Seeing a doctor in Japan


I thought I might as well post something that may be of use to anyone new to Japan and the medical system over here.

Although I've only been here for just over a month, I've already been to see a doctor twice! Once for my son, and once for me when I got the flu last week.

Firstly, going to see a doctor in Japan, is not like Australia. In Australia, you make an appointment before you arrive, turn up to the doctors at that time and (if you're lucky and they are running to time), you will see the doctor for your allotted 15 minutes, pay, and then leave.

The process over here is much much more laborious.

Firstly, I needed to take my son to the doctor to get the Japanese Encephalitis vaccine and a Tuberculosis skin test so that he would be allowed to start at his kinder. In order to be able to see a doctor, we first needed to go to the local village office so they could give us a "form" that basically outlined the vaccination we needed to get, and once we had that, we were able to go to the clinic クリニック. We were advised that the clinic opened at 9am, so arrived on time, however soon found out that we were actually number 21 in line to see a doctor with an estimated wait of 2 hours! I've now realised, that the doctor starts seeing patients at 9am, however, the reception counter is open much earlier....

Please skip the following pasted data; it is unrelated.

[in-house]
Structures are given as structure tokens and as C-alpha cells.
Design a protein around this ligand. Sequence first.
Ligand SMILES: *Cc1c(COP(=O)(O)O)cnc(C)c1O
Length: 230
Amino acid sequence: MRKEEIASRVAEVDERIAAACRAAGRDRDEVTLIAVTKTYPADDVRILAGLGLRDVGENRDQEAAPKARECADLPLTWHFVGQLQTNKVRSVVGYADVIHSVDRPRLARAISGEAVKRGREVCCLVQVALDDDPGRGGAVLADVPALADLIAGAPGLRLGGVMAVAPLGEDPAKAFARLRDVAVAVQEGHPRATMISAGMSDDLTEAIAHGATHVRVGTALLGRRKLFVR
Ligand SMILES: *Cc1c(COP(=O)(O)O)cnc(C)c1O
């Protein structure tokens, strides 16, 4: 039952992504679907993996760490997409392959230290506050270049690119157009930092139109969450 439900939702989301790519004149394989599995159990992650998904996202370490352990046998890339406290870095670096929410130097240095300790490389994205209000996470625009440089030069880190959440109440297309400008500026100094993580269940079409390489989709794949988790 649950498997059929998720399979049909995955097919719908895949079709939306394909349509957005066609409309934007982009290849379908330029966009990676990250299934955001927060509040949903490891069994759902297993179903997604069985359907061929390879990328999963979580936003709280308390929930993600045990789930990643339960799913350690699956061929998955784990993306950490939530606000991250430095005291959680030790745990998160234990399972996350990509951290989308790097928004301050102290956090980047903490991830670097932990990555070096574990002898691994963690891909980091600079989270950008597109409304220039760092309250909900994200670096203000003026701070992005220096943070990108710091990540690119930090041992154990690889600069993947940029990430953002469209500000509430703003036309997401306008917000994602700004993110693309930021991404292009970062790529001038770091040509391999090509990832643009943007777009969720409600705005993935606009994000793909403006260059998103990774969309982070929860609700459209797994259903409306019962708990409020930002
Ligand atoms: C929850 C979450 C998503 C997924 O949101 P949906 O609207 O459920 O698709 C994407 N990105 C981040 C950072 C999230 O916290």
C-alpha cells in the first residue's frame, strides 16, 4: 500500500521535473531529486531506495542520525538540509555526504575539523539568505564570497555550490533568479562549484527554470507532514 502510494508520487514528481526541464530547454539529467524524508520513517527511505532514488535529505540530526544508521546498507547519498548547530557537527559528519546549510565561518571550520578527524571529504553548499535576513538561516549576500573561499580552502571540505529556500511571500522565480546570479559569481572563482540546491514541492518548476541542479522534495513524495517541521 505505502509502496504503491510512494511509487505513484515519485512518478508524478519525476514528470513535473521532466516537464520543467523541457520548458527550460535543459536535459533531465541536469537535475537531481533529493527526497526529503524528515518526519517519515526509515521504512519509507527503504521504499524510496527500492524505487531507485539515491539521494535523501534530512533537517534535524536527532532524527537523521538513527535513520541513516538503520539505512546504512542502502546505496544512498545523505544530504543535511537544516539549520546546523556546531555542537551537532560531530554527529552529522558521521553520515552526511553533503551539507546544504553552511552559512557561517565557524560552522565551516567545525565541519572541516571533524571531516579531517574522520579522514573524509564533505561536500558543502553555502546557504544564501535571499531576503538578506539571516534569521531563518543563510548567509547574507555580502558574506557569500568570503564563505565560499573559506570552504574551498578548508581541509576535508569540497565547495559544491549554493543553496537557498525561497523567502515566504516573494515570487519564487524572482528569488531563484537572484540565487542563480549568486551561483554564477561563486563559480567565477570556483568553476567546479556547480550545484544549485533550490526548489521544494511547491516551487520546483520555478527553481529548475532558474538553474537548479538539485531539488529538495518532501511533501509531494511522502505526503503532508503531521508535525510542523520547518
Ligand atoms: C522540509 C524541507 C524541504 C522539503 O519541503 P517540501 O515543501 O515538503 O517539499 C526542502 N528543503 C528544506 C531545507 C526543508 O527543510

The process involved a nurse first of all, checking my son's weight, temperature and medical history, then a further wait until we were called in to see a doctor for the first vaccination, then being sent to wait in the waiting area again, before my son could receive the second (more traumatic) TB skin test needle. All in all we were at the clinic for 2 and a half hours.

The process I went through to see a doctor when I had the flu was very similar. It involved being checked by a nurse, then being seen by a doctor to have the flu test, then more waiting around, seeing the doctor again for the flu test result (I never knew they could diagnose flu by testing your snot!) and getting a prescription for Tamiflu (wonder drug!). It all sounds relatively simple, however again this took over 2 hours, when all I wanted to do was take my fever of 39 and go back to bed and sleep.

I was lucky in that the clinic near me has english speaking staff, and therefore can explain things quite easily, however if not, I would recommend getting a Japanese friend or colleague to help with making an appointment for you if you need one.

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